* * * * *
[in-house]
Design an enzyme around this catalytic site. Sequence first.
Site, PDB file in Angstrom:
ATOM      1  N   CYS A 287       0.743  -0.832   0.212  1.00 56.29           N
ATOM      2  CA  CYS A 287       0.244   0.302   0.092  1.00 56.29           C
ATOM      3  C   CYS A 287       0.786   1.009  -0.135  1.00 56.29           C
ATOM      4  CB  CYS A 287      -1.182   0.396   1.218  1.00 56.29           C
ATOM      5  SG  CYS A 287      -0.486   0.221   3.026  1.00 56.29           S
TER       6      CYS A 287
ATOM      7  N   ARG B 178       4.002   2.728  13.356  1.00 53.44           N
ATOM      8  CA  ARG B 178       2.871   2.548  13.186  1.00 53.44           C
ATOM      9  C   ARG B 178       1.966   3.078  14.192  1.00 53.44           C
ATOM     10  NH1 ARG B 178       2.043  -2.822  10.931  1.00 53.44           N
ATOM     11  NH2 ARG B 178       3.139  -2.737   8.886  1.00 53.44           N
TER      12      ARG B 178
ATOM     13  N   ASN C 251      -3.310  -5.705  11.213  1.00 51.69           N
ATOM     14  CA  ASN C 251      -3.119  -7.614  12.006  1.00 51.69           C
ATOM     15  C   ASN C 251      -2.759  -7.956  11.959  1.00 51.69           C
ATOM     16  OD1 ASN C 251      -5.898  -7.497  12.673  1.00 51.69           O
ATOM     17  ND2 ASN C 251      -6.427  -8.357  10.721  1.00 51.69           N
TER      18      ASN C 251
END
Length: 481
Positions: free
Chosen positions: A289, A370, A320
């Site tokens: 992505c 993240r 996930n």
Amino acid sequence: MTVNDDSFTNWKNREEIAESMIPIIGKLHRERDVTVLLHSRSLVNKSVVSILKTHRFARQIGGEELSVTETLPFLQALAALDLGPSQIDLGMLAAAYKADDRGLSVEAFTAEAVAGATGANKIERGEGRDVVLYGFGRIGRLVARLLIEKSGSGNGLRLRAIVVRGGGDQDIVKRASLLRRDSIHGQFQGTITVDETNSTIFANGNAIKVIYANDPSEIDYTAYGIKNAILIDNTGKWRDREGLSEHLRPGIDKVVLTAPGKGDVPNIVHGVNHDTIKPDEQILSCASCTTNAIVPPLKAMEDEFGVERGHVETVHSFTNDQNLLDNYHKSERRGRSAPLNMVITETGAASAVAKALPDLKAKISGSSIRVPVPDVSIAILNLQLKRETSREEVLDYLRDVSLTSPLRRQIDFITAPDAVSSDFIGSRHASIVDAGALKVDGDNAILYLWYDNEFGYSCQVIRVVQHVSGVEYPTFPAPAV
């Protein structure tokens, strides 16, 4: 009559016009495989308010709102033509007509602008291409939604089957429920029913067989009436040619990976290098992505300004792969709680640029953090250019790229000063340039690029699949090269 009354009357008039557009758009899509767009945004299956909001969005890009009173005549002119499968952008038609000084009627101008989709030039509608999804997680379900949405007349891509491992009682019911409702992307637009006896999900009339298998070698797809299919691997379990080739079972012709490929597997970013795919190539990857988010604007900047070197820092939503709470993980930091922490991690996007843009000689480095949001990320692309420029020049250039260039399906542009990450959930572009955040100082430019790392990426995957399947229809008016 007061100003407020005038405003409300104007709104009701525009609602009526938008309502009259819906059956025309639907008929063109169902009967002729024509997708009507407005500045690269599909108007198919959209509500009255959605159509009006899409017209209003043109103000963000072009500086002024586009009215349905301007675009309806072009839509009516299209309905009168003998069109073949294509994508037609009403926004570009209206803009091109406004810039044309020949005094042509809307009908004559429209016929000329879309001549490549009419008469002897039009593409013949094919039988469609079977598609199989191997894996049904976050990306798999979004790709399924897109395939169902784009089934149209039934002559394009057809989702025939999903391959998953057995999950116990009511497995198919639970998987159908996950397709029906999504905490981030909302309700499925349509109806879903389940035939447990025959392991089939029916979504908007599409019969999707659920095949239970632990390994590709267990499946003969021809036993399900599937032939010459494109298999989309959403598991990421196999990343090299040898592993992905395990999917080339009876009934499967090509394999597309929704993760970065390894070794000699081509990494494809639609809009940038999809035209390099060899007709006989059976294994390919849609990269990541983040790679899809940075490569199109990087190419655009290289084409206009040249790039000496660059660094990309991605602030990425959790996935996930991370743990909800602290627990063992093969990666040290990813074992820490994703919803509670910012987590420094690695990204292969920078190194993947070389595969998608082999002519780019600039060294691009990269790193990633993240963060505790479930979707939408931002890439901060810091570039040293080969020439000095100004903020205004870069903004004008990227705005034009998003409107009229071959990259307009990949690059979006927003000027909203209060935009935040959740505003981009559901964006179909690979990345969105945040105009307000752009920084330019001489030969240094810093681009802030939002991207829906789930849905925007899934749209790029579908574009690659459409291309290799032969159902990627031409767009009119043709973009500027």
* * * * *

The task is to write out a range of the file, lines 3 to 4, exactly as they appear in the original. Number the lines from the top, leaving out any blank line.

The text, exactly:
Site, PDB file in Angstrom:
ATOM      1  N   CYS A 287       0.743  -0.832   0.212  1.00 56.29           N